I'm beyond excited to introduce modeltime, a new time series forecasting package designed to speed up model evaluation, selection, and forecasting. Follow the updated modeltime article to get started with modeltime. If you like what you see, I have an Advanced Time Series Course where you will become the time-series expert for your organization by learning modeltime and timetk. This article is part of a series of software announcements on the Modeltime Forecasting Ecosystem. Register to stay in the know on new cutting-edge R software like modeltime.
Go to R-bloggers for R news and tutorials contributed by hundreds of R bloggers. This is the third of a series of 6 articles about time series forecasting with panel data and ensemble stacking with R. Through these articles I will be putting into practice what I have learned from the Business Science University training course 2 DS4B 203-R: High-Performance Time Series Forecasting", delivered by Matt Dancho. If you are looking to gain a high level of expertise in time series with R I strongly recommend this course. The objective of this article is to show how do we fit machine learning models for time series with modeltime. Modeltime is used to integrate time series models ino the tydimodels ecosystem. You will understand the notion of forecasting workflows e.g., how to fit a model by adding its specification and corresponding preprocessing recipe (see Part 2) to a workflow. The notion of modeltime table and calibration table will also be very useful since it allows to evaluate and forecast all models at the same time for all time series (panel data). Finally, you will perform and plot forecasts on test dataset. Hyperparameter tuning will be covered in the next article (Part 4). Let us load our work from Part 2. As per workflows, "A workflow is an object that can bundle together your pre-processing, modeling, and post-processing requests.
A machine learning algorithm is developed to forecast the CO2 emission intensities in electrical power grids in the Danish bidding zone DK2, distinguishing between average and marginal emissions. The analysis was done on data set comprised of a large number (473) of explanatory variables such as power production, demand, import, weather conditions etc. collected from selected neighboring zones. The number was reduced to less than 50 using both LASSO (a penalized linear regression analysis) and a forward feature selection algorithm. Three linear regression models that capture different aspects of the data (non-linearities and coupling of variables etc.) were created and combined into a final model using Softmax weighted average. Cross-validation is performed for debiasing and autoregressive moving average model (ARIMA) implemented to correct the residuals, making the final model the variant with exogenous inputs (ARIMAX). The forecasts with the corresponding uncertainties are given for two time horizons, below and above six hours. Marginal emissions came up independent of any conditions in the DK2 zone, suggesting that the marginal generators are located in the neighbouring zones. The developed methodology can be applied to any bidding zone in the European electricity network without requiring detailed knowledge about the zone.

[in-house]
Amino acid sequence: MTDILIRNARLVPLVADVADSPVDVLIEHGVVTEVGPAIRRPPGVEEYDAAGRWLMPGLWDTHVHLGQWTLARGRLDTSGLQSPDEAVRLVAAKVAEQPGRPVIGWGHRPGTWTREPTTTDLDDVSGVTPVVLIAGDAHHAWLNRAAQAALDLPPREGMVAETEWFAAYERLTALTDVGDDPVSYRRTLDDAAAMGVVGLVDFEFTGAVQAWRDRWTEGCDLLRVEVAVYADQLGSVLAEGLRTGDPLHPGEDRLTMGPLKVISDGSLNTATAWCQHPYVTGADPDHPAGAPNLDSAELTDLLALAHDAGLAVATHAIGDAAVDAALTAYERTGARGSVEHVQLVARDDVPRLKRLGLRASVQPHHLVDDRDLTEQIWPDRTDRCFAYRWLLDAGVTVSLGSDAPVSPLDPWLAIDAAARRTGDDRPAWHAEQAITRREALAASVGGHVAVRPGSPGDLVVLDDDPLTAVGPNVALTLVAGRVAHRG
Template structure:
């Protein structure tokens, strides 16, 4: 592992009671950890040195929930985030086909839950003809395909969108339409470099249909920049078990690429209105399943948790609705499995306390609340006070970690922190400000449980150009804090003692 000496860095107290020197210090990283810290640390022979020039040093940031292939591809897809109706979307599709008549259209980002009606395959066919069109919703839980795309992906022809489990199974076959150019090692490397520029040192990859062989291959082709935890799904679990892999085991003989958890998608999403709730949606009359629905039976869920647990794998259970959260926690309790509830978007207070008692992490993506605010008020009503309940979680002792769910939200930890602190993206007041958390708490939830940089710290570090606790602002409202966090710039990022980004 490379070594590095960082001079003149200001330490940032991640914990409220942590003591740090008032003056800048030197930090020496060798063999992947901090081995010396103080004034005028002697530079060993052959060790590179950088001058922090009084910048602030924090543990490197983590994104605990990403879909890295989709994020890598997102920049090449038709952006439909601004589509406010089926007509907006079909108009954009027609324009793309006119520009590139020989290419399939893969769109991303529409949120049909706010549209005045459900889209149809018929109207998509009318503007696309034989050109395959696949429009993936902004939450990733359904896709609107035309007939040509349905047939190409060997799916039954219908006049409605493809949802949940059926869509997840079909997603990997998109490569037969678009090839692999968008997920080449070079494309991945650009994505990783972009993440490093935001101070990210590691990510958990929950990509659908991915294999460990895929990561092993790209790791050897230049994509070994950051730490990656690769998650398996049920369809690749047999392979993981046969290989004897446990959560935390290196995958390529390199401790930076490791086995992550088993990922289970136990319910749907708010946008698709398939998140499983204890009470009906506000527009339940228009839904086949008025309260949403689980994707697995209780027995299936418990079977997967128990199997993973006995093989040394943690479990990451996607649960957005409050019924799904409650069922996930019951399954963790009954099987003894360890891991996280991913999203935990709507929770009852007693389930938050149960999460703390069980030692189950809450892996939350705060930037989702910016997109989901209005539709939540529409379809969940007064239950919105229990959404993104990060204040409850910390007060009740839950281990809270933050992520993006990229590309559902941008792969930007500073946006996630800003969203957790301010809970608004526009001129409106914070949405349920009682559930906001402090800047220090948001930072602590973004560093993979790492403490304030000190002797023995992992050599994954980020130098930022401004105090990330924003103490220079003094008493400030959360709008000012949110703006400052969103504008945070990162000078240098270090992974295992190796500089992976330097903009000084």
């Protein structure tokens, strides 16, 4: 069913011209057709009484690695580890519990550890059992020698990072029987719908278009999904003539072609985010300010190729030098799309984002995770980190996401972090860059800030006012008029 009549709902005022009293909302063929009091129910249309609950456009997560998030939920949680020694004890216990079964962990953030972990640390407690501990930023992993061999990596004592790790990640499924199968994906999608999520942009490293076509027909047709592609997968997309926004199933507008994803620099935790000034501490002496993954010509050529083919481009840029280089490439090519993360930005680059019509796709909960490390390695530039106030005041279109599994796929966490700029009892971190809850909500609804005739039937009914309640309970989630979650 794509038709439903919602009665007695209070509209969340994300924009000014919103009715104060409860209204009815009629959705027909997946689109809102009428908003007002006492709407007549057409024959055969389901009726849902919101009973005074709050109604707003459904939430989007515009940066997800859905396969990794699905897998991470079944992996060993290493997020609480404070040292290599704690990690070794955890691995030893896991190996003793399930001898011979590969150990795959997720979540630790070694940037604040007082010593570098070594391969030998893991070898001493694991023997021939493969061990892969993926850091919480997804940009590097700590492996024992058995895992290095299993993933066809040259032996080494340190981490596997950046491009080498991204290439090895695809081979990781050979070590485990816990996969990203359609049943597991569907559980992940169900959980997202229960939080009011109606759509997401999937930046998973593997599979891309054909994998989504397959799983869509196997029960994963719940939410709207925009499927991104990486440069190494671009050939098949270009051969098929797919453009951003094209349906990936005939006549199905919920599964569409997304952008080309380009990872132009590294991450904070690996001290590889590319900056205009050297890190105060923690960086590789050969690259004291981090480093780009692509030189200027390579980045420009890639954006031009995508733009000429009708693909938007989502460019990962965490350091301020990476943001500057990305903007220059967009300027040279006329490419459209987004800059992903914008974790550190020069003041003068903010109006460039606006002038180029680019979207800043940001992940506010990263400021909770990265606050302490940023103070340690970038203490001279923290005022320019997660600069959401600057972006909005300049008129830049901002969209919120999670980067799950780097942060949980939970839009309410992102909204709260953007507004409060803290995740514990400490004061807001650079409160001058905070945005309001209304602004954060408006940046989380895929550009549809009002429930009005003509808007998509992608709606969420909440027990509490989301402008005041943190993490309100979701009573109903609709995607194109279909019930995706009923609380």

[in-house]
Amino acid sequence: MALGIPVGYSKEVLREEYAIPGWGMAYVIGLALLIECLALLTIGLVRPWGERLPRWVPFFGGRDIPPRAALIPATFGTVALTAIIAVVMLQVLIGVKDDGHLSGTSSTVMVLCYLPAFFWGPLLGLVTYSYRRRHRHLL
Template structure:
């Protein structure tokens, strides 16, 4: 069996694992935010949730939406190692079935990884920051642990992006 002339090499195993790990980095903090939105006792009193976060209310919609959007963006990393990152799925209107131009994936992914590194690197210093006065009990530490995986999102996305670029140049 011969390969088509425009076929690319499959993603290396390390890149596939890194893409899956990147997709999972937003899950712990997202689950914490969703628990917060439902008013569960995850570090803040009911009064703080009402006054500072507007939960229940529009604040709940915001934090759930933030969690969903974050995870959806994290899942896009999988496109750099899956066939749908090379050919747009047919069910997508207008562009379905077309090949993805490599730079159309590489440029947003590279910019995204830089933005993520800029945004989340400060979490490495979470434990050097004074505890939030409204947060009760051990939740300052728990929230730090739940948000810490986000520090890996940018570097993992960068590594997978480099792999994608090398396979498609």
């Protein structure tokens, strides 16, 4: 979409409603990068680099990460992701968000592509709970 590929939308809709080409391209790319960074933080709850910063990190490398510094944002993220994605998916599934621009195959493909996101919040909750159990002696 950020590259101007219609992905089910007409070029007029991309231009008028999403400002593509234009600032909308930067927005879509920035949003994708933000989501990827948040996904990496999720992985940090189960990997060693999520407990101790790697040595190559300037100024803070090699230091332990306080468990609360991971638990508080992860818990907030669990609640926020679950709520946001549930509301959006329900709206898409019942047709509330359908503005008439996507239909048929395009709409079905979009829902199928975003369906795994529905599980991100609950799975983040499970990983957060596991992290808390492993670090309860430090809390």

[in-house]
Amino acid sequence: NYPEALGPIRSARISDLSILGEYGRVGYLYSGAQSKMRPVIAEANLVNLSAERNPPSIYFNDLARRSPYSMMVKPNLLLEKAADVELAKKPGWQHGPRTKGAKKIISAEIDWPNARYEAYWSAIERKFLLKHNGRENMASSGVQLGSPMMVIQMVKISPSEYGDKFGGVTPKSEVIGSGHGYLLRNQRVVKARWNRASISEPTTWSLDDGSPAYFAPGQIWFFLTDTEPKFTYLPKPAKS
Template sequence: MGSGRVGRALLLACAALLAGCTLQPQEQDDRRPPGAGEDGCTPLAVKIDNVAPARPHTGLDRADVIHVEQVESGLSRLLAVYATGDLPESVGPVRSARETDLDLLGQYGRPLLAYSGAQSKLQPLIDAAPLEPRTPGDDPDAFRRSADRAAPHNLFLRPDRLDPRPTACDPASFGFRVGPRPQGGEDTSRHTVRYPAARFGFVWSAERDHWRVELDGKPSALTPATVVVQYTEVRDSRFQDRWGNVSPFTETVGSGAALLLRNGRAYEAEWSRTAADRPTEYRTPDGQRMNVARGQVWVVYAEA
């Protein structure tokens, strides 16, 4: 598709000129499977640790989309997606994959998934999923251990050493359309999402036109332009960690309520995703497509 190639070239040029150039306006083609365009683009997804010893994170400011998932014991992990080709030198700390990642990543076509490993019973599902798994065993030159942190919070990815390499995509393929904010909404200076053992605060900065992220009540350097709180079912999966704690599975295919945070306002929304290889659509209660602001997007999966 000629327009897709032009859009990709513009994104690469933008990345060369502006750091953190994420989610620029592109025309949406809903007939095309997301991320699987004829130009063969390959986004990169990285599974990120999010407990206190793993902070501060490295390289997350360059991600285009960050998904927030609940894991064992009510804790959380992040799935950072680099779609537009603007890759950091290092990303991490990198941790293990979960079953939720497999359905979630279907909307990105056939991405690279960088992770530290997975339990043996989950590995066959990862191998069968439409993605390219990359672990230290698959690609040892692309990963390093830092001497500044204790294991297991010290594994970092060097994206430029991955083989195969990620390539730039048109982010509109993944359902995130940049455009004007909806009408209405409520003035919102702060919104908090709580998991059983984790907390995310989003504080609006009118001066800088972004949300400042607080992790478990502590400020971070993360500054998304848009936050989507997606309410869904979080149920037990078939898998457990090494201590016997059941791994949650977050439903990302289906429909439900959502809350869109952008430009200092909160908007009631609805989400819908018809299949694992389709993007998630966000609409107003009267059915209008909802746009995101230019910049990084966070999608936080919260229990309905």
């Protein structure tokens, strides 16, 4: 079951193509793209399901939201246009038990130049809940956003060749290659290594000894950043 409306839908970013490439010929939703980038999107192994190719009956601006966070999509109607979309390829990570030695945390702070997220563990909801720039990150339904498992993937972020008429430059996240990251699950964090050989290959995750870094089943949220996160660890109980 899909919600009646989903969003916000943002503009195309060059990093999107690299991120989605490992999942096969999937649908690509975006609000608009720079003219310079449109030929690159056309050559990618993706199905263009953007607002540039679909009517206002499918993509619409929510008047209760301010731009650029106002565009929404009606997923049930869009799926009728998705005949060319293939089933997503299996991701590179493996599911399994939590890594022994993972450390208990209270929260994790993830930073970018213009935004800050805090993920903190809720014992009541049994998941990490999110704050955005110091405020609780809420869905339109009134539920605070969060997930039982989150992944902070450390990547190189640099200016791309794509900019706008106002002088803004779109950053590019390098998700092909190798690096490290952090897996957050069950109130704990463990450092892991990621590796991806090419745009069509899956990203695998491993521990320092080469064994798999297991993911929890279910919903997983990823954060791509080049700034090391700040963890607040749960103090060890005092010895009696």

I'm super excited to introduce the new panel data forecasting functionality in modeltime. Just say NO to for-loops for forecasting. Fitting many time series can be an expensive process. The most widely-accepted technique is to iteratively run an ARIMA model on each time series in a for-loop. Organizations now need 1000's of forecasts.
Multiple seasonal patterns play a key role in time series forecasting, especially for business time series where seasonal effects are often dramatic. Previous approaches including Fourier decomposition, exponential smoothing, and seasonal autoregressive integrated moving average (SARIMA) models do not reflect the distinct characteristics of each period in seasonal patterns, such as the unique behavior of specific days of the week in business data. We propose a multi-dimensional hierarchical model. Intermediate parameters for each seasonal period are first estimated, and a mixture of intermediate parameters is then taken, resulting in a model that successfully reflects the interactions between multiple seasonal patterns. Although this process reduces the data available for each parameter, a robust estimation can be obtained through a hierarchical Bayesian model implemented in Stan. Through this model, it becomes possible to consider both the characteristics of each seasonal period and the interactions among characteristics from multiple seasonal periods. Our new model achieved considerable improvements in prediction accuracy compared to previous models, including Fourier decomposition, which Prophet uses to model seasonality patterns. A comparison was performed on a real-world dataset of pallet transport from a national-scale logistic network.